Sunday, July 20, 2014

'Modified duty' for medics after fatal NYC arrest

My guess is that these emergency medical workers cooperated a bit too much with the police officers who were involved in the incident. I imagine they were under a great deal of pressure to do so.

'Modified duty' for medics after fatal NYC arrest
Associated Press
July 20, 2014

EricGarner, 43, died Thursday, during an arrest in Staten Island, when a plain-clothes police officer placed him in what appeared be a chokehold while several others brought him to the ground and struggled to place him in handcuffs.

NEW YORK (AP) — New York City says four emergency workers involved in the medical response to a man who died in police custody have been barred from responding to 911 calls.

The fire department said Sunday two EMTs and two paramedics were placed on "modified duty" pending an investigation into Eric Garner's death.

The 43-year-old died Thursday on Staten Island after a police officer placed him in an apparent chokehold while arresting him for allegedly selling untaxed cigarettes.

The fire department says the emergency workers are employed by the hospital where Garner was pronounced dead. The hospital did not respond to requests for comment.

Two officers involved in the arrest have been assigned to desk duty pending the outcome of an investigation. One of them was stripped of his gun and badge.

Saturday, July 12, 2014

Financialization of universities: Judge Rules the Che Cafe at UCSD Gets a Stay

Sometimes we don't see what's happening in medicine because it's all wrapped up in critical issues of life and death. We can't believe that medical systems would be putting financial gain above patient well-being.

So perhaps it might be good to look at how universities are financializing other parts of their operations.

July 10, 2014

The Che Café Collective, a world renowned cultural icon and UCSD landmark that operates as an all-ages music venue, performance space and cafe, will not be so easily uprooted by University officials after over three decades of continuous operation and huge support from students and the public. 

In a hearing today on a temporary restraining order, a judge ruled to keep the Che in possession of the space and preserve the status quo until a more full hearing on the merits can be held. This preliminary injunction hearing is scheduled for August 1, 2014. If the Che prevails in the injunction hearing, it will maintain possession of the space until a final resolution is reached in the breach of contract lawsuit filed by Che’s legal counsel, Andrea Carter, against the University Regents and by extension, the University of California San Diego (UCSD) on July 7, 2014.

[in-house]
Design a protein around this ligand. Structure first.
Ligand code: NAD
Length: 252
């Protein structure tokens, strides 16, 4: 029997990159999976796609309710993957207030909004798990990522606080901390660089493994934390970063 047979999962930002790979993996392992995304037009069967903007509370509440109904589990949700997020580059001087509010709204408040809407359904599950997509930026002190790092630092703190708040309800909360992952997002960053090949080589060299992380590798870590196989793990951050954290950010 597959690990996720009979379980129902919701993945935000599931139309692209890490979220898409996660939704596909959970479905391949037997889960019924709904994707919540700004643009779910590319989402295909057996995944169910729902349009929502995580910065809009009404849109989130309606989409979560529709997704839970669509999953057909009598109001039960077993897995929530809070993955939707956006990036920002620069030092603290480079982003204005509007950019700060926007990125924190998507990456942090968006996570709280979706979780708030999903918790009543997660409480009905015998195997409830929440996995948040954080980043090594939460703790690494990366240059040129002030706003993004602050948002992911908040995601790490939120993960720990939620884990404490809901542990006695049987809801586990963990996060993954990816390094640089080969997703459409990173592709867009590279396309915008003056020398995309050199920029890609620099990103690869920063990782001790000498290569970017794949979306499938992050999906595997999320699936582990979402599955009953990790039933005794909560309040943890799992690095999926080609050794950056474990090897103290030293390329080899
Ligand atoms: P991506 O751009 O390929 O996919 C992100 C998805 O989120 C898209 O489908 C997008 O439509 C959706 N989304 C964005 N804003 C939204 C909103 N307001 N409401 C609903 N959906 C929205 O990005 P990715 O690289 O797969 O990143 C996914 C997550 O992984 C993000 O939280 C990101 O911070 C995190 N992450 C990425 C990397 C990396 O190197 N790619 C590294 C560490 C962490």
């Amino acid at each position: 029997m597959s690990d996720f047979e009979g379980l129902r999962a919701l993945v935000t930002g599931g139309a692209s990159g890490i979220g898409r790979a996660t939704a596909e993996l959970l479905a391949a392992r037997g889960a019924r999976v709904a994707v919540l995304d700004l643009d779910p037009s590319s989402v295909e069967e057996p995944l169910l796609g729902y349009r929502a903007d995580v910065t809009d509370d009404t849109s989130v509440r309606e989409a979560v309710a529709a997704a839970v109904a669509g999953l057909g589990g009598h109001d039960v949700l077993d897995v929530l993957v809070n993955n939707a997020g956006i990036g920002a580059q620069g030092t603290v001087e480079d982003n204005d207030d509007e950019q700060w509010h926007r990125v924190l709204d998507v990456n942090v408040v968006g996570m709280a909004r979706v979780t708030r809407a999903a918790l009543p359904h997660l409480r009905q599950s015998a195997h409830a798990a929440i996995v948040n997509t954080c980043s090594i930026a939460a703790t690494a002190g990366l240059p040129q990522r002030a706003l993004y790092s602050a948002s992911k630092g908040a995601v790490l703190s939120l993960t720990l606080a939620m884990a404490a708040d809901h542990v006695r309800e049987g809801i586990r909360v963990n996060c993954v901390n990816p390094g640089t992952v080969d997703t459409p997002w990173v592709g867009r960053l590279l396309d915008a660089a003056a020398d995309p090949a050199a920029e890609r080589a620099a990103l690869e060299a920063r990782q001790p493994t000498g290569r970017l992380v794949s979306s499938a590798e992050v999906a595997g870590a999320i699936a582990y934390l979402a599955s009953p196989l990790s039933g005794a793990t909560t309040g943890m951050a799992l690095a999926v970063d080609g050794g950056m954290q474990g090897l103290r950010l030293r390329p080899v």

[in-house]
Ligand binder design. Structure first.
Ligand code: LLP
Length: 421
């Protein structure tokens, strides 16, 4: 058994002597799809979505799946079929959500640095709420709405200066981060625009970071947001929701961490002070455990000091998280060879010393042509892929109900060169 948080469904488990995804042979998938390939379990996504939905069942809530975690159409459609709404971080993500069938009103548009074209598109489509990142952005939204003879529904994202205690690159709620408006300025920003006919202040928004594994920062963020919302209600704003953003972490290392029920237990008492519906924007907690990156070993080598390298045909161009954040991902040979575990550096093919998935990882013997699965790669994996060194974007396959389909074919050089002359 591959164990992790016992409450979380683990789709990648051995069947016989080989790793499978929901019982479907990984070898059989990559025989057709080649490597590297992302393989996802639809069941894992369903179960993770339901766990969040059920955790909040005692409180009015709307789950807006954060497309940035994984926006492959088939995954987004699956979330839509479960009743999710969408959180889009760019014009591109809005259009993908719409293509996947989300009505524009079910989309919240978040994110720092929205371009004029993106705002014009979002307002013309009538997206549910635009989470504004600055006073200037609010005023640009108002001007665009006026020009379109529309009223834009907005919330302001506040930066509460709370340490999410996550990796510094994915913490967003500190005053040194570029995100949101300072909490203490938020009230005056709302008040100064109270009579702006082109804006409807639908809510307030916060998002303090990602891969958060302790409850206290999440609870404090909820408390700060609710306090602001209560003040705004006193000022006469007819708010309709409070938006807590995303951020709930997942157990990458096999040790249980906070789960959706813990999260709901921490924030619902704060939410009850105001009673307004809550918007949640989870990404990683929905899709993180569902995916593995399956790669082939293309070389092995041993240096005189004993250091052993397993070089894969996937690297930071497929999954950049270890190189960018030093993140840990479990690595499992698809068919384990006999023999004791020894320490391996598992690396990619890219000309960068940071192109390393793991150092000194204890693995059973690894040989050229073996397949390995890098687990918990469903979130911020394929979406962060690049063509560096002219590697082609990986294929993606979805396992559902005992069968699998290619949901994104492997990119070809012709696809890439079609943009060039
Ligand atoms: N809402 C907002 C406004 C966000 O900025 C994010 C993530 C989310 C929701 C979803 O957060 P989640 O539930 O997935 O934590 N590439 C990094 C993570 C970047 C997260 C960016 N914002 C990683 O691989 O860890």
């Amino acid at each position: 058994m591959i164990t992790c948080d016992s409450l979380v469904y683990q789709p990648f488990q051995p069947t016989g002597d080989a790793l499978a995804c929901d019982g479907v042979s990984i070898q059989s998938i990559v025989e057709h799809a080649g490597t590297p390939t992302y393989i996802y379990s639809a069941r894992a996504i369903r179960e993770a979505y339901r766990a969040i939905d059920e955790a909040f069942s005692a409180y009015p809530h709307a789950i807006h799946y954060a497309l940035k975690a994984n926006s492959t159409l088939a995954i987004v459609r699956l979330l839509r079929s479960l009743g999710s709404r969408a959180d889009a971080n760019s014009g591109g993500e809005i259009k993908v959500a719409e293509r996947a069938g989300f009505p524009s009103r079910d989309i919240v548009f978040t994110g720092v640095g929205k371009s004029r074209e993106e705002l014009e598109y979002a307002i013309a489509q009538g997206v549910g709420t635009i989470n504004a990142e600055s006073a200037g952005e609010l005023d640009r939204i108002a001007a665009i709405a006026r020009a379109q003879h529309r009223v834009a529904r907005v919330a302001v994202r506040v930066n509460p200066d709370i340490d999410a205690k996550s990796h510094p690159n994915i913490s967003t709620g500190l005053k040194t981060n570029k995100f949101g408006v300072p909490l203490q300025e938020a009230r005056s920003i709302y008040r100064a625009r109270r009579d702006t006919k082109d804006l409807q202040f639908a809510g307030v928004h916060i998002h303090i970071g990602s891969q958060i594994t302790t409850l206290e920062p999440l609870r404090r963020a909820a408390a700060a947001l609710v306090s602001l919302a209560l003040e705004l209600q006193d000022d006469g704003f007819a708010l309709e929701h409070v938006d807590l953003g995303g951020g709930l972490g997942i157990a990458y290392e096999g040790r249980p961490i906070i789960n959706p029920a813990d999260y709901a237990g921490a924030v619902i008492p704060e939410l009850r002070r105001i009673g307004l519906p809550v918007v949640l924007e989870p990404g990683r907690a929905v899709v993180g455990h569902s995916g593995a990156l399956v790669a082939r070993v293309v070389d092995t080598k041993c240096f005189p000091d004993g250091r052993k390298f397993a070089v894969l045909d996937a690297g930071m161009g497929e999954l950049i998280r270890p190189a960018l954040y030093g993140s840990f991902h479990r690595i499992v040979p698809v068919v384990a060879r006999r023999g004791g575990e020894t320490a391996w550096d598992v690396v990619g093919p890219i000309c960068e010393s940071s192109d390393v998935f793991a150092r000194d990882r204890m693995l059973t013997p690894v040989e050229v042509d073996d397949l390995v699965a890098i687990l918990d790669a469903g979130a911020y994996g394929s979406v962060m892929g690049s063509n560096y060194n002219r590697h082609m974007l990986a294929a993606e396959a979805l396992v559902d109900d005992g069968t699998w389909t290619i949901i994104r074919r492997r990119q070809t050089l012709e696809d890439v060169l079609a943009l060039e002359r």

The lawsuit takes issue with University breaches of the Space Agreement lease signed in 2006 and whether the University is able to give a Notice of Termination pursuant to the terms of the Agreement.  It also contests the University’s actions in denying dispute resolution and avoiding the grant of an extension to the Che.  It further alleges the University has  acted in bad faith by seeking or instigating lease violations or other reasons to displace the Café.  

The Che Café is one of four largely student-operated cooperative nonprofits on campus. It was founded in 1980, when students pushed for the Facility to become a student-run space, rather than a faculty club, since student fees pay for building maintenance. The name CHE is an acronym for “Cheap Healthy Eats;” initially an all vegetarian restaurant.  The organization began hosting music performances which made it famous in the mid-1980s and gave many now well-known musicians their start.  Like the other student cooperatives (co-ops), the Che has had continual extensions of their lease or new leases drafted and signed for the past 34 years.
The University officially gave its Notice of Termination for the lease due to the failure of the Graduate Student Association (GSA), one of two representative student government bodies charged with certifying that the all the campus cooperatives are financially sound and in the best interests of students, to certify the Che. These determinations are to be used for extending the lease and as measures for determining student support for the venue’s continued functioning. However only the GSA Board passed a resolution not to endorse the Che’s continued operation. The Associated Students (AS), the representative undergraduate student governance body did not pronounce on the matter.  The GSA decision was arrived at after considerable involvement and influence from University administrators and legal counsel, who helped draft the resolution.
The University also continues to avoid full disclosure of its rationale for seeking the closure and displacement of the Café, which so many view as a legendary jewel and valuable asset to the University. It has offered many pretextual reasons and concerns that defy common sense or are matters that cannot be quickly addressed and remedied without terminating the Café’s possession and lease.
In public statements, UCSD administrators have alleged that the decision to terminate and close the Facility involves matters of  health and safety, citing a 2012 Fire Marshal recommendation that upgrades be made to the building.  These include an overhead fire sprinkler and fire alarm system. If these upgrades were actually vital, they would have been deemed mandatory rather than recommended, and the Fire Marshal would have ordered the venue closed. Instead, the Fire Marshal signed off on the cafe for the year in a follow up inspection of April 17, 2014. Further, the building has been in use by the Che Café and other university affiliates before it for nearly fifty years without any safety incident or any expression of safety concerns by UCSD administrators.  As well, the Che Café has insurance and a full indemnification agreement with the University.

The Che Café points to a long history of UCSD administrators falsifying estimates for building maintenance costs and purposely misleading student government and student centers’ boards which oversee the annual operating budgets. UCSD currently estimates that over $700,000 of repairs are needed. However, independent estimates amount to less than ten percent of that amount.